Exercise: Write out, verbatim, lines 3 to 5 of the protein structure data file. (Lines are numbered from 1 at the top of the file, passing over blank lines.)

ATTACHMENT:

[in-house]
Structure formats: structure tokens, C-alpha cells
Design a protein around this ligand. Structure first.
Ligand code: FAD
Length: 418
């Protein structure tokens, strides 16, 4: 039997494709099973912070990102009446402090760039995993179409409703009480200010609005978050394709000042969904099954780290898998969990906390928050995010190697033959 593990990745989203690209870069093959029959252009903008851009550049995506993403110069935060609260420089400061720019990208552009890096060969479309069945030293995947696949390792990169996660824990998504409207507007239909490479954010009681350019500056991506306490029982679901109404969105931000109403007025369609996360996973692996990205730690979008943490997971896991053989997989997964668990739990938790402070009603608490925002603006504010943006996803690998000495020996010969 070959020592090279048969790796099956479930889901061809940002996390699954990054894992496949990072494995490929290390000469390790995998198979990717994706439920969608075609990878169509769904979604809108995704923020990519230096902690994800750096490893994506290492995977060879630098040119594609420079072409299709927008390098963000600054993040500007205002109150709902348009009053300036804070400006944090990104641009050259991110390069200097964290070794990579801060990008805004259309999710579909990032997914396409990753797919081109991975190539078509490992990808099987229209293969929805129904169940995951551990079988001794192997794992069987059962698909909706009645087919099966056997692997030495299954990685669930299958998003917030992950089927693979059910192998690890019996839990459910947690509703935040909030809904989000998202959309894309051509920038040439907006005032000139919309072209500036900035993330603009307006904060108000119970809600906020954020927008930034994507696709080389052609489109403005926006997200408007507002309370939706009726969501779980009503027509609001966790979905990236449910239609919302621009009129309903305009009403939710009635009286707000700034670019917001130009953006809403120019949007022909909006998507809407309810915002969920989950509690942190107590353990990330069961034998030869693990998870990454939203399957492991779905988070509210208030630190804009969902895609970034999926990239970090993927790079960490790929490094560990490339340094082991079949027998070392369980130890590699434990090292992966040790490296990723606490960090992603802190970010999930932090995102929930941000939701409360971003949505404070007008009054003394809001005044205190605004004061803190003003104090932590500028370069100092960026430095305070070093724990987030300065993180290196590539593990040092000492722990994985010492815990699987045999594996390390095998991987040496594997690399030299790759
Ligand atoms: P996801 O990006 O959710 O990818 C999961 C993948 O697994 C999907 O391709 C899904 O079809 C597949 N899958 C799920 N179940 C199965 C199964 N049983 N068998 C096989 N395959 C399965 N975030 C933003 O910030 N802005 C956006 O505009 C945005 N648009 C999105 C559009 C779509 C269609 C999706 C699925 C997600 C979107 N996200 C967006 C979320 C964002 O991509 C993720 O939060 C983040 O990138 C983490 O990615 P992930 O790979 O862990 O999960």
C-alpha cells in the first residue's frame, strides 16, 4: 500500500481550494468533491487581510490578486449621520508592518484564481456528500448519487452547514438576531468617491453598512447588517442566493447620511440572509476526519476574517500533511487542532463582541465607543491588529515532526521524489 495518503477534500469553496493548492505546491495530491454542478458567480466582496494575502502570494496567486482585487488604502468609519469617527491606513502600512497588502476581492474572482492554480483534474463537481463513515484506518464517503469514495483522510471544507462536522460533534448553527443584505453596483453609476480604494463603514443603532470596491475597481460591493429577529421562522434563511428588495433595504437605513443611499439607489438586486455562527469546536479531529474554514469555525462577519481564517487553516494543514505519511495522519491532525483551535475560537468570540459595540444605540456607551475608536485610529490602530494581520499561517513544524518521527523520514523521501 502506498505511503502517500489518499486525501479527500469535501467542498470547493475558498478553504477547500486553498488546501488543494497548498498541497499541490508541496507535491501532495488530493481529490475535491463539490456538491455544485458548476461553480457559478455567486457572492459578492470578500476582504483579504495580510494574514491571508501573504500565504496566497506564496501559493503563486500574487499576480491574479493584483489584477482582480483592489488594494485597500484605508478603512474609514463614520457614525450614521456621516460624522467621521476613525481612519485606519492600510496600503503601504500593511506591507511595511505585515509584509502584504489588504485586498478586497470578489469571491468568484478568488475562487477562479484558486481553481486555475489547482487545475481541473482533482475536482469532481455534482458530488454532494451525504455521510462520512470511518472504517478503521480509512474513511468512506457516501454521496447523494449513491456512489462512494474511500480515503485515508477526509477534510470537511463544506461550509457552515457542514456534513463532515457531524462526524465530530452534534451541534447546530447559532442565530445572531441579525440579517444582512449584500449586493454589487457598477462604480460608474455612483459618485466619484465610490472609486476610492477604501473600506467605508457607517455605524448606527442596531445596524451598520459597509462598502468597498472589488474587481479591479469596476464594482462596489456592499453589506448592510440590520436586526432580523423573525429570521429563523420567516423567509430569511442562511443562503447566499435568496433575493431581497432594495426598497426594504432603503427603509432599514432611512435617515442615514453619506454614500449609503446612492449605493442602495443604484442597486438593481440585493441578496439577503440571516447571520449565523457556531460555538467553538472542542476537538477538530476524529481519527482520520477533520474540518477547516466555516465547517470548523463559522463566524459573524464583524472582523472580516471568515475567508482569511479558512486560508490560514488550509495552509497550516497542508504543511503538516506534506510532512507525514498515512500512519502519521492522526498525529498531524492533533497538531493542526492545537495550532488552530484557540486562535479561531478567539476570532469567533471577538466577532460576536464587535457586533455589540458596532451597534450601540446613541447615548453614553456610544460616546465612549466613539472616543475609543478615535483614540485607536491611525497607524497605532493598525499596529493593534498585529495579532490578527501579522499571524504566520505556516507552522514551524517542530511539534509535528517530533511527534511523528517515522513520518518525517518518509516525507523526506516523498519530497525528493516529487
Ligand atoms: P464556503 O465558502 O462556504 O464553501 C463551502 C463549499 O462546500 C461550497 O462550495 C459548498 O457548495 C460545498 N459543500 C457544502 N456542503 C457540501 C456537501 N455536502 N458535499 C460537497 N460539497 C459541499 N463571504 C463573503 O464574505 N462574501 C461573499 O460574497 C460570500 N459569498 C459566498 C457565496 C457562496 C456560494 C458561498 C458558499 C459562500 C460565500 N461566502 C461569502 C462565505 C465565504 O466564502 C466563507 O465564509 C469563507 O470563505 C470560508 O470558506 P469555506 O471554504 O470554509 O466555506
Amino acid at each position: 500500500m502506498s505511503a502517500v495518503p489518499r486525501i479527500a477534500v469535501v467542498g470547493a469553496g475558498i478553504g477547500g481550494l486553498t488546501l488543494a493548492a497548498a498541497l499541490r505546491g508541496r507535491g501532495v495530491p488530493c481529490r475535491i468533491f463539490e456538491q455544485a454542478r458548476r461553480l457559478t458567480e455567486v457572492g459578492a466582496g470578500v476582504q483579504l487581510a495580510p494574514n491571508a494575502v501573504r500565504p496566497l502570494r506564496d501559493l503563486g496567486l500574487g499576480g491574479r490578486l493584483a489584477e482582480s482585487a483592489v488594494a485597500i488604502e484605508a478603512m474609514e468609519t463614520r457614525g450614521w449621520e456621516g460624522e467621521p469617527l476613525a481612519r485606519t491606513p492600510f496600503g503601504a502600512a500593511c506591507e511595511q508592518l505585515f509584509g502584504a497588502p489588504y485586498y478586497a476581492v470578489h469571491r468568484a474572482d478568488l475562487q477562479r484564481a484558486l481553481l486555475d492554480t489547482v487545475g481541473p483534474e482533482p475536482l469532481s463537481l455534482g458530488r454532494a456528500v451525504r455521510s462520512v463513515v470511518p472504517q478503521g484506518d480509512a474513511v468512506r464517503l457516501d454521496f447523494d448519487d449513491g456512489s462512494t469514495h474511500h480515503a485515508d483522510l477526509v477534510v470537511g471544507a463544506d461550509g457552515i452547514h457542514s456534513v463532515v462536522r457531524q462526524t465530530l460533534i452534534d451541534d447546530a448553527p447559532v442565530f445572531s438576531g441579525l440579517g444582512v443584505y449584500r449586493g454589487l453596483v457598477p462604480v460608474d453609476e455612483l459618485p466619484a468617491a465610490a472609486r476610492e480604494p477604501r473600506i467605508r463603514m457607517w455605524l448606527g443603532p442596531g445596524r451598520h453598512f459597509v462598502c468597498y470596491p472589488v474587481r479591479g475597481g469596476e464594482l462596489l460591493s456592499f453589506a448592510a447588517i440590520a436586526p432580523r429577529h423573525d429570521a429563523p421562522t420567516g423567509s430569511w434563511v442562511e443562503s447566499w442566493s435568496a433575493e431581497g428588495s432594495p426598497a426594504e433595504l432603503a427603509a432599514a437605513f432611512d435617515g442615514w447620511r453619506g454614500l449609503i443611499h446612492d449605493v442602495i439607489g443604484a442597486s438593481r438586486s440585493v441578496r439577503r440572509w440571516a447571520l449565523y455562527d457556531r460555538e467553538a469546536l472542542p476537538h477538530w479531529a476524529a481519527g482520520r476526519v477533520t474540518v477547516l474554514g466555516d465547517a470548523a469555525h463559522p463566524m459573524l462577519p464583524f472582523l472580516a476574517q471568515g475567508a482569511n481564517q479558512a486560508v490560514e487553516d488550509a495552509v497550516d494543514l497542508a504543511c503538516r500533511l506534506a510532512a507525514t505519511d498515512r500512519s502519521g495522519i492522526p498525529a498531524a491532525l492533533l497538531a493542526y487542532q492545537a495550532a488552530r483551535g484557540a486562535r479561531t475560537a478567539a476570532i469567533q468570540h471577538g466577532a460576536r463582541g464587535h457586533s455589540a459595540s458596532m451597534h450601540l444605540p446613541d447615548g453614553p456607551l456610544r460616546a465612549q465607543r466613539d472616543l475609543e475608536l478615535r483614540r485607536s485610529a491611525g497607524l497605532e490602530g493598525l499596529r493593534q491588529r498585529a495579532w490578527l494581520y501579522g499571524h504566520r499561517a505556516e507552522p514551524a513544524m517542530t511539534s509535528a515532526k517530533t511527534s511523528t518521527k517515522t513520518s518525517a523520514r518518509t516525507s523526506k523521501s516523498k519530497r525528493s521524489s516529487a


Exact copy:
Design a protein around this ligand. Structure first.
Ligand code: FAD
Length: 418